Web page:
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Friday, Dec 1, 2023

To Your Health

As chief executive and president of Cedars-Sinai Health System, Thomas Priselac heads the largest hospital complex not just in Los Angeles County but in the Western United States.

The flagship hospital, Cedars-Sinai Medical Center, has 886 licensed beds, more than 2,100 physicians and more than 14,700 full-time employees. The 2017-2018 fiscal year saw more than 50,000 patient admissions, nearly 800,000 outpatient visits and 91,000 emergency room visits.

Cedars-Sinai also operates Marina del Rey Hospital, with another 133 beds and more than 500 employees. And with Providence St. Joseph Health, Cedars jointly manages the Tarzana Medical Center, with another 249 beds. Cedars also is affiliated with the 533-bed Torrance Memorial Medical Center.

For the fiscal year ending in June 2018, Cedars-Sinai had total revenue of nearly $3.5 billion and a budget topping $3.1 billion.

Thomas Priselac, Cedars-Sinai Health System CEO

Priselac, 68, has had a long executive career at Cedars-Sinai, joining the hospital 40 years ago and becoming president and chief executive in 1994.

Prior to Cedars, he was on the executive staff of Montefiore Hospital in Pittsburgh. He earned a bachelor’s degree in biology from Washington and Jefferson College in Pennsylvania, and a master’s degree in public health, health services administration and planning from the University of Pittsburgh.

Priselac is an adjunct professor at the UCLA Fielding School of Public Health and is a board member of the Charles R. Drew University of Medicine and Science. He also serves on the boards of numerous civic organizations, including the Los Angeles Area Chamber of Commerce and the Los Angeles County Economic Development Corp.

Cedars-Sinai is far and away the top-ranked hospital in Los Angeles County by both the number of staffed beds and by net patient revenue. What is Cedars doing to maintain that top ranking?

Being the biggest has never been one of Cedars-Sinai’s goals. Our goal has and always will be striving for excellence in all we do to fulfill our mission.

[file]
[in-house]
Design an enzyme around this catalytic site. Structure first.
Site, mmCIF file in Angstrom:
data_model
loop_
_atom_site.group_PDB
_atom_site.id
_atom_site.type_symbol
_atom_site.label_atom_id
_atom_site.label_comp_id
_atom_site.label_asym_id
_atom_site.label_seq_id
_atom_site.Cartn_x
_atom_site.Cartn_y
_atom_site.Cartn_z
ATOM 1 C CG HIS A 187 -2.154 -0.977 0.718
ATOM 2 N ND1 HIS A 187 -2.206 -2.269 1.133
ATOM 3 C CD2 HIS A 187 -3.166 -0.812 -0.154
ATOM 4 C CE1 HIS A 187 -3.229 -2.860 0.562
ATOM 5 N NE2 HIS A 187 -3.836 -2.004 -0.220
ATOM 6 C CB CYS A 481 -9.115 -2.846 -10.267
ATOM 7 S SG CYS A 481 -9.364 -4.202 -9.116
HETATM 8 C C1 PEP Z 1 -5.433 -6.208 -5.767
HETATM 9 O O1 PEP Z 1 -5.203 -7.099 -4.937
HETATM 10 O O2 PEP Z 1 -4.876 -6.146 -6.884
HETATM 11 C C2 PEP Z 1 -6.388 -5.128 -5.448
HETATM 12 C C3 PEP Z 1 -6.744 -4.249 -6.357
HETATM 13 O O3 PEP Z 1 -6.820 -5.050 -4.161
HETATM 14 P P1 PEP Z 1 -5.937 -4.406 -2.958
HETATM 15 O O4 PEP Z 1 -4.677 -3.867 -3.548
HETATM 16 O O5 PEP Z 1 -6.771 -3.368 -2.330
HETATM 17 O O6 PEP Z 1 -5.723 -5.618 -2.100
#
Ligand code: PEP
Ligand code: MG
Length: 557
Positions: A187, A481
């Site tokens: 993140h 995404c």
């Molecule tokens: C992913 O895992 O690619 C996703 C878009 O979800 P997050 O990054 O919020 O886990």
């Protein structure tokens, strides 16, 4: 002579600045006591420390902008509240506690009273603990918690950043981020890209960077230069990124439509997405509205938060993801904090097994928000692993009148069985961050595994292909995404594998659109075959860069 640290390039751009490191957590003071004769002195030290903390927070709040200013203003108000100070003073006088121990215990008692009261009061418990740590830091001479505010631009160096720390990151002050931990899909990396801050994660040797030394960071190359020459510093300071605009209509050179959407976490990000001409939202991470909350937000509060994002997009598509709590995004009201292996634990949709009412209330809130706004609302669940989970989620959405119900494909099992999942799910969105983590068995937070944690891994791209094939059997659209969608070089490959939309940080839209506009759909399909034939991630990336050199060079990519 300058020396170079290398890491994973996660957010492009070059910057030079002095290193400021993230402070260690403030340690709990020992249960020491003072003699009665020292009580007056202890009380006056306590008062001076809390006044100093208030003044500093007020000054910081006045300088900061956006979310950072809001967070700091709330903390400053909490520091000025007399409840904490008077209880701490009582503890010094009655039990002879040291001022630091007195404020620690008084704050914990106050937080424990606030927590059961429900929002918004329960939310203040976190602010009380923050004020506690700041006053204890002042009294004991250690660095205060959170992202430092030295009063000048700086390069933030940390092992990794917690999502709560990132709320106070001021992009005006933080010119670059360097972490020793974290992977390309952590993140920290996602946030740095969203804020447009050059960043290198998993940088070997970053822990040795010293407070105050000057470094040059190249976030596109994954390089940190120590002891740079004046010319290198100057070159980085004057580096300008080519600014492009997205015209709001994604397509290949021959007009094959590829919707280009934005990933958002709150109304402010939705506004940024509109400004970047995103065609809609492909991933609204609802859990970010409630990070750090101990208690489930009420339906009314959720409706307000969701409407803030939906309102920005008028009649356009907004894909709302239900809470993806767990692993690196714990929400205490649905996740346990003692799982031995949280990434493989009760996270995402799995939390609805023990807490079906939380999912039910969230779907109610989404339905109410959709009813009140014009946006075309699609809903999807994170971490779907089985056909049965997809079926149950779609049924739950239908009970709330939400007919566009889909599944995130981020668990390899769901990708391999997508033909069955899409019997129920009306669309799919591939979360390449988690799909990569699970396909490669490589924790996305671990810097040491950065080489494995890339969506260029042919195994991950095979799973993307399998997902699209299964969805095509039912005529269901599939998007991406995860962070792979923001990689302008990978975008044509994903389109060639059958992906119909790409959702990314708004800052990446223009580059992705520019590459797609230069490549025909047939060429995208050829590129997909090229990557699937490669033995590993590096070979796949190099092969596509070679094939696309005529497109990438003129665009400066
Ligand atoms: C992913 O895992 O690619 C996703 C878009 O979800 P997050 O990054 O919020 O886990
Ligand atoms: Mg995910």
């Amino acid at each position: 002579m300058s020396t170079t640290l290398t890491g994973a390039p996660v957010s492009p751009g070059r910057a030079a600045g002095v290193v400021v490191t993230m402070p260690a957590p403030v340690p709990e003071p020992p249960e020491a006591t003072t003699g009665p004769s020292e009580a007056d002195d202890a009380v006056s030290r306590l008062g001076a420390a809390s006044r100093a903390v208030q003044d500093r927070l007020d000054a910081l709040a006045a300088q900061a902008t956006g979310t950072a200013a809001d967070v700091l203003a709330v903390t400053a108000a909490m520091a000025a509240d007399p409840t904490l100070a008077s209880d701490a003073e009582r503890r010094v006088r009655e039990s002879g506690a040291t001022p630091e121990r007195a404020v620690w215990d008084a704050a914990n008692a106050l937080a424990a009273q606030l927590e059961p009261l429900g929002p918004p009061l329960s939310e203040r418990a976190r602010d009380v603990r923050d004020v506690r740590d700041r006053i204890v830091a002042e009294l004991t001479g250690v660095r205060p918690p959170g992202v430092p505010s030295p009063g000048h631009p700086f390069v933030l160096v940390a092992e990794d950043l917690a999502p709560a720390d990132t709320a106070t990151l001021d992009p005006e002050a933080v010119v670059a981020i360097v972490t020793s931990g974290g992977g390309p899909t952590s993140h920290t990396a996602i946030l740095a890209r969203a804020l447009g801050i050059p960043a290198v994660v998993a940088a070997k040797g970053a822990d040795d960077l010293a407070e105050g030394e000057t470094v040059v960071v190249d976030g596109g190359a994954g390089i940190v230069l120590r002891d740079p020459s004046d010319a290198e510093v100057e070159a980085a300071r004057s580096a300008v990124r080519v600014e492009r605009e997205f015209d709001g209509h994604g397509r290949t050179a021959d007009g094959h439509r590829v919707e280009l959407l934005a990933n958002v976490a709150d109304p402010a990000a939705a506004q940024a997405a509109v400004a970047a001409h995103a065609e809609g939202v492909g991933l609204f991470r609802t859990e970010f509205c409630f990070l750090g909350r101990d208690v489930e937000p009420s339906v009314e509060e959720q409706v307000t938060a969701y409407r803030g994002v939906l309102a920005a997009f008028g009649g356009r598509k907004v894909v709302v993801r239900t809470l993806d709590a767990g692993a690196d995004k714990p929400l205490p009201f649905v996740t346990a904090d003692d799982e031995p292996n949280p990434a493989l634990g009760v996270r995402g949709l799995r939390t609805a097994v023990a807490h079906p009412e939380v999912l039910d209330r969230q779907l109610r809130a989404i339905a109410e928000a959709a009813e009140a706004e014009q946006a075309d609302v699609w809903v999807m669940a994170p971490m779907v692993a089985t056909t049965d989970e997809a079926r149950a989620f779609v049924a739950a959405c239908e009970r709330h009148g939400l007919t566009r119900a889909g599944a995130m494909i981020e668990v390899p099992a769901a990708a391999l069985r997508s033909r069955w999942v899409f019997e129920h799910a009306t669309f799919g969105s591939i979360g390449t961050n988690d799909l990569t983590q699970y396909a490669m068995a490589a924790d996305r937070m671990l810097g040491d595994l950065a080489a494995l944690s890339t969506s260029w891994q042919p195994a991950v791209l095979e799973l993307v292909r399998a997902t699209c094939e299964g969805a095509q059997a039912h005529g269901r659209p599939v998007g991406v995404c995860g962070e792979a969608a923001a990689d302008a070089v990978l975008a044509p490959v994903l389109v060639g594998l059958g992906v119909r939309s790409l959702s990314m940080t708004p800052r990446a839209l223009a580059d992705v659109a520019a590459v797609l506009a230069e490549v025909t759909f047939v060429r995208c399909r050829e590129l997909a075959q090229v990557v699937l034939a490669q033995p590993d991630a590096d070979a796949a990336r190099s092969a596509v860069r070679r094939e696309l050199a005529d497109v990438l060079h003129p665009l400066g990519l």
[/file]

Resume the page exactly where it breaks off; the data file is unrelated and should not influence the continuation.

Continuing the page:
The key to our success is our people — the physicians, nurses and all the other staff as well as our 3,000 volunteers. Our focus is on supporting them in every way possible, enabling them to do what they do best in the interest of our patients and the community.

Nonetheless, Cedars-Sinai has been on an expansion drive for several years now. What’s the strategy behind this effort and what’s the end goal?

Throughout Southern California, people tell us that they would like to have Cedars-Sinai-quality care available closer to where they live and work. And we also have been getting a lot of interest from other health care organizations and physicians in the region who want to affiliate with us in a variety of ways.

By expanding our accessibility, we are able to better meet our mission — serving the health care needs of Southern California — and offer more coordinated care throughout the region.

What were the major moves that Cedars made in 2019?

While many people still think of Cedars-Sinai just in terms of our flagship hospital, the reality is that we now offer both primary and specialty physician services in locations throughout the region.

In addition, our affiliation with Torrance Memorial (entered into in 2018 and expanded in 2019) and our joint venture in the Providence Cedars-Sinai Tarzana Medical Center provide more ways for the public to benefit from Cedars-Sinai care.

We also recently announced that we will be rebuilding the Marina del Rey Hospital facility over the next several years so that it can better serve the community.

What other moves did Cedars-Sinai make in 2019?